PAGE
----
Image of Thai Architectural Drawing - Check Out The Detail Indicated On The Next Image

Thai Architectural Drawing - Check Out The Detail Indicated On The Next Image

Below is the close-up taken from the construction drawing above and you can clearly see the text “4mm Thk. Plywood finish with bamboo mat” together with an arrow from the note to the ‘herring-bone’ cross-hatching that represents the bamboo mat in the vaulted ceiling.

This is a clear description of the requirement for the house to have a vaulted ceiling and not a flat ceiling as the builder has now installed.

Image of Thai Architectural Drawing Clearly Showing Bamboo Mat on 4 mm Plywood

Thai Architectural Drawing Clearly Showing Bamboo Mat on 4 mm Plywood

In case you are thinking that the above note is only in the English language and perhaps the builder can’t read English (which is true, but Kanyah can) I’ll refer you to a Thai language note on another construction drawing made as part of the set by our Thai Architect in Bangkok:-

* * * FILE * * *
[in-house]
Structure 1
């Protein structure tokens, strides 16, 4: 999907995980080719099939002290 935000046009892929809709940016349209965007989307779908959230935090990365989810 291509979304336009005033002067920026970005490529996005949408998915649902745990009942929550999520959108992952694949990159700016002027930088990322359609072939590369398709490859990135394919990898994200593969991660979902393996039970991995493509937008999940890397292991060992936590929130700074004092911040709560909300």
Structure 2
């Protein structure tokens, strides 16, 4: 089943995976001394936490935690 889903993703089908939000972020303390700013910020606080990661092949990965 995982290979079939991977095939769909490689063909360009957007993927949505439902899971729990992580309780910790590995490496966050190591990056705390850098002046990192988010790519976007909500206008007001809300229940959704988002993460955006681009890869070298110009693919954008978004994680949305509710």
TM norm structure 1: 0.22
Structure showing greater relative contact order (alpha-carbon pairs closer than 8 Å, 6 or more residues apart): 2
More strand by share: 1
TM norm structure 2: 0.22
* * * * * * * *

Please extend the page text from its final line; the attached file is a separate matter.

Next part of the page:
Image of Thai Thai Language In Bamboo Mat Architectural Drawing

Thai Language In Bamboo Mat Architectural Drawing

In the image above (an extract from the Thai house plans made by our Thai architect), note the Thai language note circled in red colour and the arrow clearly pointing to the ‘herring-bone’ cross-hatching that represents the bamboo mat in the vaulted ceiling.

Below is  a close-up of the Thai language note:-

Image of Thai Language In Bamboo Mat Architectural Drawing

Thai Thai Language In Bamboo Mat Architectural Drawing

Above, I think this refers to the bamboo mat in the vaulted ceiling. I’ll get it translated and put the English language translation here.